We extensively analyzed the situation and it appears that block themes (or at least Twenty Twenty-Two) fire the wp_enqueue_scripts action only after the the_post action and, in turn, after the_content.

So, while plugins registering a script during wp_enqueue_scripts will find it already registered when any shortcode callback is executed in regular themes, the same is not true for block themes. For them, a shortcode callback will be executed before wp_enqueue_scripts, thus before a plugin had a chance to register the script.

In general, using wp_localize_script and wp_add_inline_script should always be done at the same time with the registration. Therefore, if you are registering the script inside wp_enqueue_scripts and, at the same time, adding the inline script you need, then you are free to enqueue the script during the shortcode callback by using wp_enqueue_script with the handle only. In fact, WordPress has a mechanism to automatically re-enqueue a script that was prematurely enqueued before the registration whenever the script gets finally registered. So, from that point of view, the change in block themes doesn't create any harm. But wp_localize_script and wp_add_inline_script must always be executed after the script is registered.

In those situations where a block theme is used and the javascript parameters are based on values calculated inside the shortcode callback, there is no solution other than registering (not just enqueuing) the script and add the inline script inside the shortcode callback itself, even if that happens before wp_enqueue_scripts. Since WordPress cannot really register a script twice, this second approach is perfectly viable and effective.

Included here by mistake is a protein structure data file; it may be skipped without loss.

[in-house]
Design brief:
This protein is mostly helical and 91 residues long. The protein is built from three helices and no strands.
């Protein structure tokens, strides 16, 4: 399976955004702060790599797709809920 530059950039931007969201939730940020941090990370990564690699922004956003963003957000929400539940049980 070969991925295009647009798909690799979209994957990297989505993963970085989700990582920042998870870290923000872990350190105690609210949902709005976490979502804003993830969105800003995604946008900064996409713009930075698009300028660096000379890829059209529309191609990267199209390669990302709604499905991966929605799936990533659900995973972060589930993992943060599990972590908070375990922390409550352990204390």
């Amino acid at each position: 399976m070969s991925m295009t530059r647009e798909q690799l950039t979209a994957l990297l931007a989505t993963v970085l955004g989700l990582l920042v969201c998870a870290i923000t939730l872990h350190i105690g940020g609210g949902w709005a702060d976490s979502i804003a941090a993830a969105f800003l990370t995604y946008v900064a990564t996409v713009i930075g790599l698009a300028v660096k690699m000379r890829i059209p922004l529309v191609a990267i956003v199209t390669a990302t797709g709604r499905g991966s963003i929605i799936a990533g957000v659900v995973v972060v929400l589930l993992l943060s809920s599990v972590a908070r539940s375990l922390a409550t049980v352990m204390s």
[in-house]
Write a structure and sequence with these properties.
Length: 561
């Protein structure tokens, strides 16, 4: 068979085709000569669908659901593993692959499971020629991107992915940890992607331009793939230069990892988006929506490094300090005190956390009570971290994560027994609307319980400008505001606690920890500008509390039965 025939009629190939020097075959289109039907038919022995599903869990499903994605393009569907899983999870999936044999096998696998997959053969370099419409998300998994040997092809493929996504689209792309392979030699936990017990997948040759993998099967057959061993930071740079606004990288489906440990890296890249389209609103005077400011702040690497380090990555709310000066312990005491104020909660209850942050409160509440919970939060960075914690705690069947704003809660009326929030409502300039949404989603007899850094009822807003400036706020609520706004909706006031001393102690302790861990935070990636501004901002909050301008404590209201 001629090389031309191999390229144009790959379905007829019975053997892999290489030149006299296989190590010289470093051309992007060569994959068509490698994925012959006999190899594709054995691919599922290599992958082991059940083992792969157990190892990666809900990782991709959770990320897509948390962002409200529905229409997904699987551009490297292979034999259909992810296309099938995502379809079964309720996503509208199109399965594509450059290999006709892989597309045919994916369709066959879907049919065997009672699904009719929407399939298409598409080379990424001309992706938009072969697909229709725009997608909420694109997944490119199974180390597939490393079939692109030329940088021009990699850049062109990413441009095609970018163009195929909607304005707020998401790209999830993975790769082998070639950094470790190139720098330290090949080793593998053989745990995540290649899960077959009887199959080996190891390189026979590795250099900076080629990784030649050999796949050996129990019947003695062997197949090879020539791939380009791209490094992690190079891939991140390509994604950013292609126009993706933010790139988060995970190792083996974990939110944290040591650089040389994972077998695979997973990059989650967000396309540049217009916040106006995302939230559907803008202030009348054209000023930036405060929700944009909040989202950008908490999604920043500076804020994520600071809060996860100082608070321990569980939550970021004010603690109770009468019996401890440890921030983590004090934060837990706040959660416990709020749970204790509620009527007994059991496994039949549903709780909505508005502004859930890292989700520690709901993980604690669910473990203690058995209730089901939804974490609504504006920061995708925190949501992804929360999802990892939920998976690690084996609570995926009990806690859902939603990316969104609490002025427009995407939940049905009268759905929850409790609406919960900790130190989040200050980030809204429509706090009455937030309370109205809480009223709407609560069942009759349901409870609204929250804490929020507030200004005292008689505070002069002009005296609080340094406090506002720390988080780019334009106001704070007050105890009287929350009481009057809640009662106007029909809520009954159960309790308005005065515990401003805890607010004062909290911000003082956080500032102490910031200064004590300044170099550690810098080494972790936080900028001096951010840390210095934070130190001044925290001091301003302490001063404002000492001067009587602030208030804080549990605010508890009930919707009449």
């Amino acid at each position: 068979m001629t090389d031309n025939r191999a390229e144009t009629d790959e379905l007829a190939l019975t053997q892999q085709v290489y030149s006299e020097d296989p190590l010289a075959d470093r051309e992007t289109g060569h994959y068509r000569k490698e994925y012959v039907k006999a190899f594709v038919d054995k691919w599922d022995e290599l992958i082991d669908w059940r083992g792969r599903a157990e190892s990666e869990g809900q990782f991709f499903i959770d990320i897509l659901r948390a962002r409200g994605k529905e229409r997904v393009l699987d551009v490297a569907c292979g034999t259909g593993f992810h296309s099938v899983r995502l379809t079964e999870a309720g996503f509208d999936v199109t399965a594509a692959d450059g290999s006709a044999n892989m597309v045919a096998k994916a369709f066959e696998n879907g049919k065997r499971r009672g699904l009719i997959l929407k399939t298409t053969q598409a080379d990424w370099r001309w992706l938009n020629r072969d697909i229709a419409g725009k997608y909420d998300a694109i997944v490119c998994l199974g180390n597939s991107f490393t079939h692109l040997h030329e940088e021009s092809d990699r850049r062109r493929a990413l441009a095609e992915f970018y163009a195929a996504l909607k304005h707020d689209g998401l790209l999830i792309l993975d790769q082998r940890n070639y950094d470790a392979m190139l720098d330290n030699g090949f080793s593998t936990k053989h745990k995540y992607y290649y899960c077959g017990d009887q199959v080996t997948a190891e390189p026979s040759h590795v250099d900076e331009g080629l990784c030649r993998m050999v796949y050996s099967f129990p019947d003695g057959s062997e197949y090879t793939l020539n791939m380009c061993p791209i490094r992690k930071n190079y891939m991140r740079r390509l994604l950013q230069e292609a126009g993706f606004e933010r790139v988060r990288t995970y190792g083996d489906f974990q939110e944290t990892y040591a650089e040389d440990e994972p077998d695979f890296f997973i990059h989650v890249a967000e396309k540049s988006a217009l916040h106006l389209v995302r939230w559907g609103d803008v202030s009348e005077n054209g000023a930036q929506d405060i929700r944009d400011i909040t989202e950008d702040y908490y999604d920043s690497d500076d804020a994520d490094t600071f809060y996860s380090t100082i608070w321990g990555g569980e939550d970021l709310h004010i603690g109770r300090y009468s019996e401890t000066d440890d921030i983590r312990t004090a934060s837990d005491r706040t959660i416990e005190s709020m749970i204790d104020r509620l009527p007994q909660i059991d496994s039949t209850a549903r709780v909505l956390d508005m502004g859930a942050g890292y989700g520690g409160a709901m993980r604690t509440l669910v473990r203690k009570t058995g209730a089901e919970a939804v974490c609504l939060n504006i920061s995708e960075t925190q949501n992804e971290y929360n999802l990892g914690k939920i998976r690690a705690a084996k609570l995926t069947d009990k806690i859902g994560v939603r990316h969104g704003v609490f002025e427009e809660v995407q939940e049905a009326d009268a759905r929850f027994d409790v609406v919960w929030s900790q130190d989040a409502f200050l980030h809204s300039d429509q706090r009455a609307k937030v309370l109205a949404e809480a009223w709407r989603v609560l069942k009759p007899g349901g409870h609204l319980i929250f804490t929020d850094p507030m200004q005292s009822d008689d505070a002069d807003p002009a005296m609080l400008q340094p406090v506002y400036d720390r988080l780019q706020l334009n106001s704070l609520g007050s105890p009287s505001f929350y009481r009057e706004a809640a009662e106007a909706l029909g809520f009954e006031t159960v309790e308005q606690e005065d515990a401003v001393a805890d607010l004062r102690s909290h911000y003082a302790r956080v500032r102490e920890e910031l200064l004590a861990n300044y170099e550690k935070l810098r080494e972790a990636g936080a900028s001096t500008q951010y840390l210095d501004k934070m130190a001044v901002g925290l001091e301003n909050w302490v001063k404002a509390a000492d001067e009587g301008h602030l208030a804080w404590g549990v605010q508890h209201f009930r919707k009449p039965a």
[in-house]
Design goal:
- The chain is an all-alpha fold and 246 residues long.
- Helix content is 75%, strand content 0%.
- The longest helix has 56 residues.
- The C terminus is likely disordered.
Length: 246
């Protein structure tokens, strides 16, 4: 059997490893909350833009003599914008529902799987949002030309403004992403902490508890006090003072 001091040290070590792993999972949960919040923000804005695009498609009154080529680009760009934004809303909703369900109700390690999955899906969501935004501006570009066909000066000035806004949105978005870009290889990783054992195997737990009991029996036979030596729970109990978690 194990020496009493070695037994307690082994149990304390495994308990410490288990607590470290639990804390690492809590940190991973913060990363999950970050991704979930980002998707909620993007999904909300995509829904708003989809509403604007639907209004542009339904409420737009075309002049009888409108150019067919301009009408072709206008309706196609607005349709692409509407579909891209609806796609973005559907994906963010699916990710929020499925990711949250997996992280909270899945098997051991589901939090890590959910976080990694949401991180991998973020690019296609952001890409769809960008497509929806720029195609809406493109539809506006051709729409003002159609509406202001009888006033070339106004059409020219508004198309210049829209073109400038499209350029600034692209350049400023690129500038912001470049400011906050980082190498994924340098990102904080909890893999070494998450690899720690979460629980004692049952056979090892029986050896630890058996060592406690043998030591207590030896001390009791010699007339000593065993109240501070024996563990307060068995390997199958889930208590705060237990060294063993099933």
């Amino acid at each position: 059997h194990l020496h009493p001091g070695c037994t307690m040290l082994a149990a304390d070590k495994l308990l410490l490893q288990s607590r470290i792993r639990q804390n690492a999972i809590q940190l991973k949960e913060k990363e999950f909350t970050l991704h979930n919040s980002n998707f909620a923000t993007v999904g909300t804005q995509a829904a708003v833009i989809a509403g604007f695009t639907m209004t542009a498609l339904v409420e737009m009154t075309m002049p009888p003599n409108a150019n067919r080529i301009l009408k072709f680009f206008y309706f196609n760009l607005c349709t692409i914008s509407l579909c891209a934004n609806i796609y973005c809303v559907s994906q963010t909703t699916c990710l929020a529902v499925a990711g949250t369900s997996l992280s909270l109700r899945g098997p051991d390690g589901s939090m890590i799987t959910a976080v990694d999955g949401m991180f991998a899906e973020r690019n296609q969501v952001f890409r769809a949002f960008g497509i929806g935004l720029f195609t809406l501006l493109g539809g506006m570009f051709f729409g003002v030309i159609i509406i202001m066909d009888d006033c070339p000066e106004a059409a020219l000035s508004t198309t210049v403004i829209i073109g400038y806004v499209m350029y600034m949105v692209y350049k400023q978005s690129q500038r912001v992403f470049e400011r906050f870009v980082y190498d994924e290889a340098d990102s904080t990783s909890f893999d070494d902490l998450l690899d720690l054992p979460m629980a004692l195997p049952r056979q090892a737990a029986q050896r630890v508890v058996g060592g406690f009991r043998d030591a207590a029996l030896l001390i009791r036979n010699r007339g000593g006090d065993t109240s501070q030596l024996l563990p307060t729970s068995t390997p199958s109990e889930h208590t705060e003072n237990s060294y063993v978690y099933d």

Version 1, edited 23 months ago by luigipulcini (previous) (next) (diff)

#9 @codespacing
3 months ago

  • Resolution set to invalid
  • Status changed from reopened to closed

The approach that worked for me and aligns with the recommended method of loading scripts in WordPress consists of checking if the theme is a "Full-site-editing (FSE) / block" theme or classic using the WP function wp_is_block_theme. Then, enqueue the scripts in the standard manner for classic themes or use the hook wp_enqueue_scripts for FSE/block themes. And of course this approach is applicable within shortcode callbacks. Here's an example:

class CustomShortcode {

    // Constructor
    public function __construct() {
        add_shortcode('custom_html', array($this, 'display_custom_html'));
        add_action('wp_enqueue_scripts', array($this, 'register_scripts')); //  Register scripts
        add_action('wp_enqueue_scripts', array($this, 'register_styles')); //  Register styles
    static function this(){
        return self::$_this;
    public function register_scripts(){
        wp_register_script('my-script-handle', plugin_dir_url( __FILE__ ) . 'script.js', array(), '1.0', true);
    public function enqueue_scripts($inline_script_data){
        wp_add_inline_script('my-script-handle', $inline_script_data);
    public function register_styles(){
        wp_register_style('my-style-handle', plugin_dir_url( __FILE__ ) . 'style.js', array(), '1.0');
    public function enqueue_styles($inline_style){
        wp_add_inline_style('my-style-handle', $inline_style);

    // Shortcode callback function
    public function display_custom_html($atts) {
         * Enqueue scripts & styles based on the type of the theme
         * Note: "wp_script_is()" serves as a fallback for no-theme platforms, which cannot be detected using "wp_is_block_theme()"! */
        $inline_script = 'You inline script goes here'; // Script!
        $inline_style = 'You inline style goes here'; // Style!
        if((wp_is_block_theme() || !wp_script_is('my-script-handle', 'registered')) || !wp_script_is('my-script-handle', 'registered')){
            add_action('wp_enqueue_scripts', function() use ($inline_script, $inline_style){
        $html = '<div class="custom-html">Your shortcode HTML content goes here</div>';
        return $html;

new CustomShortcode();
Last edited 12 days ago by codespacing (previous) (diff)

#10 @desrosj
12 days ago

  • Milestone Awaiting Review deleted